On the same trip, Simmons toured the Rotarian-supported Santa Lucia School for the Blind, a refuge for children who faced an otherwise bleak existence. Some students had come from homes where they had been bound hand and foot by desperate parents to keep them from wandering off. Simmons recalls one girl saying that she'd never felt the breeze on her face from running because she was tied up all her life. "In Nicaragua," Simmons explains, "if you're blind, you're also invisible. There are no social services for the blind. Father Marco put 20 blind kids in the school, where they learn Braille and how to dress themselves and eat with tableware. Some later matriculated into regular schools and do very well."
At the school, Simmons met a 20-year-old student named Evelyn Urbina Zapata, who immediately said to her, "I want to be a lawyer!" When Simmons replied, "If you keep up your grades and get a college degree, you can do it," Evelyn's face lit up. Simmons realized that this was the first time anyone had ever encouraged the girl. Weeks later, she sent Evelyn a gift: a charm bracelet with an angel, and a note that read: "I hope you're doing well. Please stay in school and know that we're thinking about you."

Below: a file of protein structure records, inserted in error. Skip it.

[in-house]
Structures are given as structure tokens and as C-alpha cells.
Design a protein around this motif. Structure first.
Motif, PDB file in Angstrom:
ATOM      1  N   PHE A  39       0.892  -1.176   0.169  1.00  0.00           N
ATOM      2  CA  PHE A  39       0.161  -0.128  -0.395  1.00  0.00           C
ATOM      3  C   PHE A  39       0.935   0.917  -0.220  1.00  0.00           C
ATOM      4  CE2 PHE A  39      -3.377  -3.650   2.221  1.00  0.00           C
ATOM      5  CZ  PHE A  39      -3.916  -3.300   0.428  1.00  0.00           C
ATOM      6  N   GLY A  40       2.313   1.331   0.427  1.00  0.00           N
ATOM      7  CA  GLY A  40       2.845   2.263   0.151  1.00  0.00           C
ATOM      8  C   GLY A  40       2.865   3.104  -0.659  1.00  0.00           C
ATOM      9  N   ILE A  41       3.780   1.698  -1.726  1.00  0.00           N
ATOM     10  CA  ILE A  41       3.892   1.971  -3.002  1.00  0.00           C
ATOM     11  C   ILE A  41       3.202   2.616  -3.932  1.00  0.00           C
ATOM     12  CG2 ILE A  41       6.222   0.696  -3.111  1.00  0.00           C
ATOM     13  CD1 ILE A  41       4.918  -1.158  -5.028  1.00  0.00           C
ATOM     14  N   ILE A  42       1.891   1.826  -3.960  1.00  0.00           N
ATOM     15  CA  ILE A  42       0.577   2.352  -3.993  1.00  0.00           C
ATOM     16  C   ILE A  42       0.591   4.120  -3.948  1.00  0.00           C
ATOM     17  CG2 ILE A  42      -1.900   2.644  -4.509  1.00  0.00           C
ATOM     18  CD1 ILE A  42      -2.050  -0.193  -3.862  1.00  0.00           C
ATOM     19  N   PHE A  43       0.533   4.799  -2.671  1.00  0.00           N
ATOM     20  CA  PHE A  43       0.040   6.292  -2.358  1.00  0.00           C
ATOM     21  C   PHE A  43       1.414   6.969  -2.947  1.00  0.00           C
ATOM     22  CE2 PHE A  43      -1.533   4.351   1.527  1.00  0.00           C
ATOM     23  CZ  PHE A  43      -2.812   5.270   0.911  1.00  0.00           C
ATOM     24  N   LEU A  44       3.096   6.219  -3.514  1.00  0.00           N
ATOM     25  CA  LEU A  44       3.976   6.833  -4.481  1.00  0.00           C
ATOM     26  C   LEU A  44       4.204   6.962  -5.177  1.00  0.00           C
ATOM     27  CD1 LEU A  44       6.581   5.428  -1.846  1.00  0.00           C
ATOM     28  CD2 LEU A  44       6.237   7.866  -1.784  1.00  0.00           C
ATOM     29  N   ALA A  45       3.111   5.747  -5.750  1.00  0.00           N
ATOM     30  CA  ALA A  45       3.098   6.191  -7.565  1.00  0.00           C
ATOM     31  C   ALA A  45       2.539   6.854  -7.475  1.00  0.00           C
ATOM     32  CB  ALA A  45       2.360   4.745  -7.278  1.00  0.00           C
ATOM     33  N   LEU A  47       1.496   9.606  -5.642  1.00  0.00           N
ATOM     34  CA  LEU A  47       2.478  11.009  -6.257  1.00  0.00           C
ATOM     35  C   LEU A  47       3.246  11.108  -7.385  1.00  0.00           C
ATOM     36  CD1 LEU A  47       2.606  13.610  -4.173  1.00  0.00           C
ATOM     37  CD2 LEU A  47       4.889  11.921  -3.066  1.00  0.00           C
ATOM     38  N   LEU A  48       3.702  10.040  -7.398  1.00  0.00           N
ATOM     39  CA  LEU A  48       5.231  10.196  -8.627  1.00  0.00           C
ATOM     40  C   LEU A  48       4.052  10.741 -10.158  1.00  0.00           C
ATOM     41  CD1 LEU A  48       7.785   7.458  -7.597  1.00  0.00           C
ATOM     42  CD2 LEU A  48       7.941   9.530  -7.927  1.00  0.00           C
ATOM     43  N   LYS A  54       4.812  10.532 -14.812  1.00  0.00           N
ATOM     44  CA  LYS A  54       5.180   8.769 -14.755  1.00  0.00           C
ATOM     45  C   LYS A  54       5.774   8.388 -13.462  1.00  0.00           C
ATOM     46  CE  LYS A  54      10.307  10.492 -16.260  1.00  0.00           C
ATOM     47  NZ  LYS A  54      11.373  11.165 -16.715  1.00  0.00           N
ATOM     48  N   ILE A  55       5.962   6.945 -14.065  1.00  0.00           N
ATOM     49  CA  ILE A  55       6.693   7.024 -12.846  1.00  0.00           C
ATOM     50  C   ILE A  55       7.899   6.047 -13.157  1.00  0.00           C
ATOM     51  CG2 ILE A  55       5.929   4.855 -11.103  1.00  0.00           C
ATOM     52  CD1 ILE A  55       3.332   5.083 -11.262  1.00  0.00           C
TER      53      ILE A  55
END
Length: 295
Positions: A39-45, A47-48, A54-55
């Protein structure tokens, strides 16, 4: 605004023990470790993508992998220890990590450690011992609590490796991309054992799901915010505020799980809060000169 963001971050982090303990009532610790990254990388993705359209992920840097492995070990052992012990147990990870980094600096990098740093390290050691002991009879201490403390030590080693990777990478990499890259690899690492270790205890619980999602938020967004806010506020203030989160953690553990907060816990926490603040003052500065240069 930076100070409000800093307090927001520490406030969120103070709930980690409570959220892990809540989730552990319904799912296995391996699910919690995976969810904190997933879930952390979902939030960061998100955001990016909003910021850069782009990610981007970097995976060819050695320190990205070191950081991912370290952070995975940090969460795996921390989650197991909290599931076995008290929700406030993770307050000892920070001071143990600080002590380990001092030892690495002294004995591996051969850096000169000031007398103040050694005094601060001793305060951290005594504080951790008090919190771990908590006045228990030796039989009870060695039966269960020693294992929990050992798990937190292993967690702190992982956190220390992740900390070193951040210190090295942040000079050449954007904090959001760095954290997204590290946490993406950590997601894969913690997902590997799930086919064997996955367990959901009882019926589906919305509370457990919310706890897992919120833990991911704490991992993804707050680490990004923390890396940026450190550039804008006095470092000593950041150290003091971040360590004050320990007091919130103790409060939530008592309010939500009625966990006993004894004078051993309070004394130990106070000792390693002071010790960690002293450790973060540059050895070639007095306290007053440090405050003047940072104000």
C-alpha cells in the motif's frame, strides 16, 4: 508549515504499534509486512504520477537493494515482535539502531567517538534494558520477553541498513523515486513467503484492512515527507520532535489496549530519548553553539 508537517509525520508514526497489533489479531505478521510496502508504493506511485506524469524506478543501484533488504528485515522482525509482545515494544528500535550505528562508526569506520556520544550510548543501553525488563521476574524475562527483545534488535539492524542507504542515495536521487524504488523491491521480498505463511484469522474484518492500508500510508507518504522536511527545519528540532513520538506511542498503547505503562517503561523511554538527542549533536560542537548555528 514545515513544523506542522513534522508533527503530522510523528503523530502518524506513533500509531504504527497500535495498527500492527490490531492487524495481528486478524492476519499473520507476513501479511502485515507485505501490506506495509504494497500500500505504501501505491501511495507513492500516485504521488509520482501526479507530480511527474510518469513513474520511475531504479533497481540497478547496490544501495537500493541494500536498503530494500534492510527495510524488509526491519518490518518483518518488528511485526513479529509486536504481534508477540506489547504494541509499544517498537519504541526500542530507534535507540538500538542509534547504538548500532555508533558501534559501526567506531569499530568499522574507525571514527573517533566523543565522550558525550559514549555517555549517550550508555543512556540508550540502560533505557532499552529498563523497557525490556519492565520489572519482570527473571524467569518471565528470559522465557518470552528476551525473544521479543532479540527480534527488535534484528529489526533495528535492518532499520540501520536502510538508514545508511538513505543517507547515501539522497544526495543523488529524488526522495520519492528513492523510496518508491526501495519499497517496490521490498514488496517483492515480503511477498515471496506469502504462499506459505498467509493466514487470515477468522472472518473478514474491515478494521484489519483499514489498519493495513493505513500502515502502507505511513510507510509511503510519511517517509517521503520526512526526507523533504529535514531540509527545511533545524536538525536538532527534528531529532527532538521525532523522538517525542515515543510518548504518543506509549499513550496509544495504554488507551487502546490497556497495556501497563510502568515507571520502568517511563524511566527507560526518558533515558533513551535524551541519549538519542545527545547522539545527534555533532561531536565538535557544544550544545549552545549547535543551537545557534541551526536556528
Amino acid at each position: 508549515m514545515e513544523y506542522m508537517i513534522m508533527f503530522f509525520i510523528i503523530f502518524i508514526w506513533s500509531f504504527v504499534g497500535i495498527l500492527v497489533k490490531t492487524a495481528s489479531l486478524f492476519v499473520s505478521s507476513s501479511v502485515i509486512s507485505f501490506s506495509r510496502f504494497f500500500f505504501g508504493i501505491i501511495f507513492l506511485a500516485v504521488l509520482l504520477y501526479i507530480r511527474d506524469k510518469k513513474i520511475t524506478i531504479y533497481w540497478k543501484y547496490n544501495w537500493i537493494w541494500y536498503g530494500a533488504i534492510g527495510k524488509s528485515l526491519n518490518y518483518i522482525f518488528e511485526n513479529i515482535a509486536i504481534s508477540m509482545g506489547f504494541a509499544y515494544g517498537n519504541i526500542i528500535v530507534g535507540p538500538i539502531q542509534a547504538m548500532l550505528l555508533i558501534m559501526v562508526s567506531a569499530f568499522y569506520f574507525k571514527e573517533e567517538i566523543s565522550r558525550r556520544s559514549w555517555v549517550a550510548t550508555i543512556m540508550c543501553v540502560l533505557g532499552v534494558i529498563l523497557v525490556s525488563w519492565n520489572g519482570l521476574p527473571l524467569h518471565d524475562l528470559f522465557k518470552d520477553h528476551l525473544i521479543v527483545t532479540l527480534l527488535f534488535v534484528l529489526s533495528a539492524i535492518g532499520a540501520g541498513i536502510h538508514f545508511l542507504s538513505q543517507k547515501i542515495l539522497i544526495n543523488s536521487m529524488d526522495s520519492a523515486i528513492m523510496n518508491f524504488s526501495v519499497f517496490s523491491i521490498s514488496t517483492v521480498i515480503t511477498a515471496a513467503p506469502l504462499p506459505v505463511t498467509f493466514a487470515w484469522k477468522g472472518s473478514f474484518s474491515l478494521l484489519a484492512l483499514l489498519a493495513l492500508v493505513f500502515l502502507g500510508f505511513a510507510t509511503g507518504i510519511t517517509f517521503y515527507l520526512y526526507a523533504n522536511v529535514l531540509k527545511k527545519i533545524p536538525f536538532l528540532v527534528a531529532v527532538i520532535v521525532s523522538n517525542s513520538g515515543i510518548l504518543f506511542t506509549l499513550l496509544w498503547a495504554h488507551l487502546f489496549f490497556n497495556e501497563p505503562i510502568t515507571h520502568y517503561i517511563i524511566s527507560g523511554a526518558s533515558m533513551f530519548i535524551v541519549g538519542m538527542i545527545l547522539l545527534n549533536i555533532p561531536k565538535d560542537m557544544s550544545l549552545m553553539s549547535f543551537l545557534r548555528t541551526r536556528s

In March 2002, Simmons returned to Nicaragua with a Braille typewriter for Evelyn, who was then a high school sophomore in León. It was the only gift Simmons wanted from her husband for her own birthday. She knew Evelyn dreamed of college but needed Braille to get through public school.
"She was just so excited," Simmons remembers. "She hopped around, smiling ear to ear. Evelyn threaded paper in the machine and began typing. Her exuberance was one of the best birthday gifts I ever received."
稍後席門斯與里昂的尼加拉瓜大學校長梅帝納(Ernesto Medina)博士碰面，後者承諾只要艾弗琳繼續保持優異成績，她就鐵定能夠進入該所大學就讀。席門斯趕回奇納德日告訴艾弗琳這個消息．結果弗琳也有個驚喜要給她。原來趁著席門斯不在時，艾弗琳打了一封信給她，這會兒用西班牙話大聲唸給她聽。來自德州謙卑國際(Humble International)扶輪社，擔任奇納德加計劃領導人的胡艾佐(Frand Huezo)替她翻譯，席門斯則邊聽邊寫下這些字句：